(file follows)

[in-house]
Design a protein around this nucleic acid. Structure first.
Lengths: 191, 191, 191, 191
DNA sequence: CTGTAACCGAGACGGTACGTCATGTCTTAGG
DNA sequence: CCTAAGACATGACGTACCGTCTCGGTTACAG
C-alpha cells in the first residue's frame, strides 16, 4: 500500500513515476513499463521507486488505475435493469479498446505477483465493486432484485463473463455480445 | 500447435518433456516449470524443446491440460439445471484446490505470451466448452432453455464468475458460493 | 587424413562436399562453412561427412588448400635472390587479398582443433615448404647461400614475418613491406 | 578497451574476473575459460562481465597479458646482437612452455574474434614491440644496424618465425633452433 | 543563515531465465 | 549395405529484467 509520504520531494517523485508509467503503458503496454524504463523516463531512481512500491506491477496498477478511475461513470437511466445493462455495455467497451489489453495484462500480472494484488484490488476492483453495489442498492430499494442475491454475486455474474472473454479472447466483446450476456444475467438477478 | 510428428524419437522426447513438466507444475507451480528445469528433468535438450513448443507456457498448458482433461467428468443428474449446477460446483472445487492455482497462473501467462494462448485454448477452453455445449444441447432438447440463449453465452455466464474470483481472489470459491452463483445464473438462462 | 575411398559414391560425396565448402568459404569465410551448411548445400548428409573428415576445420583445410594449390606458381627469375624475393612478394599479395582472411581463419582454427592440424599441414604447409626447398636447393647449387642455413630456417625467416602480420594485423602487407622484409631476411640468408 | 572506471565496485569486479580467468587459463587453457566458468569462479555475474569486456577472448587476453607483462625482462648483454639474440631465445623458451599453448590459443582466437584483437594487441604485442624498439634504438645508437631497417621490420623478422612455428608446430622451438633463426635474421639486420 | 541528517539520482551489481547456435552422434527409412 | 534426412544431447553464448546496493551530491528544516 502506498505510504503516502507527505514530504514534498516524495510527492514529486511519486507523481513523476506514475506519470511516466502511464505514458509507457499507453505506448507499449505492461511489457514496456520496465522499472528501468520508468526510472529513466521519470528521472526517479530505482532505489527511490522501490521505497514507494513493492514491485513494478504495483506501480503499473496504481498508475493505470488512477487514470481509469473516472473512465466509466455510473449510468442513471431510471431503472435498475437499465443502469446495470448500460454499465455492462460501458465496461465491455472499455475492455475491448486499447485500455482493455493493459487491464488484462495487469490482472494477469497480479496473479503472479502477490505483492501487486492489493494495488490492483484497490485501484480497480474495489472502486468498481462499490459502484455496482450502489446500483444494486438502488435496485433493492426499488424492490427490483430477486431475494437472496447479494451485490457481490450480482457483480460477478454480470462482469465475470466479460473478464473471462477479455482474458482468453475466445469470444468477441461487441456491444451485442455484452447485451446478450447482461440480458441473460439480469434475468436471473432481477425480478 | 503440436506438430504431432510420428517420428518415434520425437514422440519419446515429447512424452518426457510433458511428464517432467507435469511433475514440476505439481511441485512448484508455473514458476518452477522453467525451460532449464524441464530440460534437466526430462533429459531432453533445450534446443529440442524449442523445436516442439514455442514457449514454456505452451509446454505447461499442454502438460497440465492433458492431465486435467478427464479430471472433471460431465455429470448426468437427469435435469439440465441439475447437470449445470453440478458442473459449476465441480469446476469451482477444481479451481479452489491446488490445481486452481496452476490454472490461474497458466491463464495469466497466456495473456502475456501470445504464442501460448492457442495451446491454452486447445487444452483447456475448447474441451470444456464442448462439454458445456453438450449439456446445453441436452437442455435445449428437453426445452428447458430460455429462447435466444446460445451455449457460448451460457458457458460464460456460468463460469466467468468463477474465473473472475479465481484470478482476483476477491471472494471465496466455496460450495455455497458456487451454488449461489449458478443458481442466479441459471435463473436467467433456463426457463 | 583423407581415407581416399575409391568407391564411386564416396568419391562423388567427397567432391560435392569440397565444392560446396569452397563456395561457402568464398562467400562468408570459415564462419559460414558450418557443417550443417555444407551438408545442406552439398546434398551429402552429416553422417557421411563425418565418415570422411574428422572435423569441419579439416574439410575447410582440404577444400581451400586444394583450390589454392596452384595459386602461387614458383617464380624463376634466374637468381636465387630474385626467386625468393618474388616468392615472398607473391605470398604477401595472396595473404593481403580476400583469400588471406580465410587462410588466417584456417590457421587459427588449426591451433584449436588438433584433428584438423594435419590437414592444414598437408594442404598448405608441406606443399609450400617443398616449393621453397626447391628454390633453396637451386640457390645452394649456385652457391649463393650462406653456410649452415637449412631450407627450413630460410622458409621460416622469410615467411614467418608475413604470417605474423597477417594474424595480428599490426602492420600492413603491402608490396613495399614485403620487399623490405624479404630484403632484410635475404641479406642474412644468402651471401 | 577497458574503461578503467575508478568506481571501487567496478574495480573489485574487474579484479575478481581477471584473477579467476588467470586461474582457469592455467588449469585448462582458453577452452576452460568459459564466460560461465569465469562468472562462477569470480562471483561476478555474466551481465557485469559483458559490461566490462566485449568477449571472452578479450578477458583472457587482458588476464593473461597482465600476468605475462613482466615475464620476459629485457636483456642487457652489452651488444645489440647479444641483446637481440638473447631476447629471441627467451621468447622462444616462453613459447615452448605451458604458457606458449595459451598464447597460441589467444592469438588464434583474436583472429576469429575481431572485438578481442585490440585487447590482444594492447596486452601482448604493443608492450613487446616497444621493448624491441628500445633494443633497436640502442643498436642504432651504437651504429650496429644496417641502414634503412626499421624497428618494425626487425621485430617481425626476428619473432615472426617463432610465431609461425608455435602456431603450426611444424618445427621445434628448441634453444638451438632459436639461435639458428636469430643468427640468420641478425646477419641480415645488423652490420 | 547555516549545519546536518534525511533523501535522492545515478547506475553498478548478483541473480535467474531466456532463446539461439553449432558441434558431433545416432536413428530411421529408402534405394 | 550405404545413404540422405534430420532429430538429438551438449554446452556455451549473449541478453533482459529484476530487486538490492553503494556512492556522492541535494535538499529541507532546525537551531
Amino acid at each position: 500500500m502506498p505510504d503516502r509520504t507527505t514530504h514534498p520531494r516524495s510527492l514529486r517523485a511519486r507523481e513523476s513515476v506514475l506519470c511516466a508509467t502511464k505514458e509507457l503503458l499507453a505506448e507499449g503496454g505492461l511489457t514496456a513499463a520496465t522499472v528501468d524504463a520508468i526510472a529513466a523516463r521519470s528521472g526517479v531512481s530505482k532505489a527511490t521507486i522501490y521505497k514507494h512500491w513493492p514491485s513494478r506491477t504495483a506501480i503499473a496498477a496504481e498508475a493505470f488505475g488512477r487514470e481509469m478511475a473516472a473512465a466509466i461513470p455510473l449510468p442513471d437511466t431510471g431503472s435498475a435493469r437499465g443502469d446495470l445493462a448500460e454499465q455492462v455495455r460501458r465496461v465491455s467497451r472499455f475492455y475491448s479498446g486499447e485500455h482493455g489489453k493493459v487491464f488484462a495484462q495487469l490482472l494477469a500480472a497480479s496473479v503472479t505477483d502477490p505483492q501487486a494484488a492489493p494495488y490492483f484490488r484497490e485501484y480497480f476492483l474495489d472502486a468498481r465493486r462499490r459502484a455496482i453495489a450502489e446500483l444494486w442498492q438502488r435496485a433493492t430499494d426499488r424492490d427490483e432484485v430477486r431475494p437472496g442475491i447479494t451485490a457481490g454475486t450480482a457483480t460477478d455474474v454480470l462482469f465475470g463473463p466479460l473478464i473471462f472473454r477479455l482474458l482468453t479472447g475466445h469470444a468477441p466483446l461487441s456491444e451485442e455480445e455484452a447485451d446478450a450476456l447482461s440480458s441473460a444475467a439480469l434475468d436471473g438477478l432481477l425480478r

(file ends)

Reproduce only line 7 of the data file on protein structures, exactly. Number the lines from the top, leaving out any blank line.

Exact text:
Amino acid at each position: 500500500m502506498p505510504d503516502r509520504t507527505t514530504h514534498p520531494r516524495s510527492l514529486r517523485a511519486r507523481e513523476s513515476v506514475l506519470c511516466a508509467t502511464k505514458e509507457l503503458l499507453a505506448e507499449g503496454g505492461l511489457t514496456a513499463a520496465t522499472v528501468d524504463a520508468i526510472a529513466a523516463r521519470s528521472g526517479v531512481s530505482k532505489a527511490t521507486i522501490y521505497k514507494h512500491w513493492p514491485s513494478r506491477t504495483a506501480i503499473a496498477a496504481e498508475a493505470f488505475g488512477r487514470e481509469m478511475a473516472a473512465a466509466i461513470p455510473l449510468p442513471d437511466t431510471g431503472s435498475a435493469r437499465g443502469d446495470l445493462a448500460e454499465q455492462v455495455r460501458r465496461v465491455s467497451r472499455f475492455y475491448s479498446g486499447e485500455h482493455g489489453k493493459v487491464f488484462a495484462q495487469l490482472l494477469a500480472a497480479s496473479v503472479t505477483d502477490p505483492q501487486a494484488a492489493p494495488y490492483f484490488r484497490e485501484y480497480f476492483l474495489d472502486a468498481r465493486r462499490r459502484a455496482i453495489a450502489e446500483l444494486w442498492q438502488r435496485a433493492t430499494d426499488r424492490d427490483e432484485v430477486r431475494p437472496g442475491i447479494t451485490a457481490g454475486t450480482a457483480t460477478d455474474v454480470l462482469f465475470g463473463p466479460l473478464i473471462f472473454r477479455l482474458l482468453t479472447g475466445h469470444a468477441p466483446l461487441s456491444e451485442e455480445e455484452a447485451d446478450a450476456l447482461s440480458s441473460a444475467a439480469l434475468d436471473g438477478l432481477l425480478r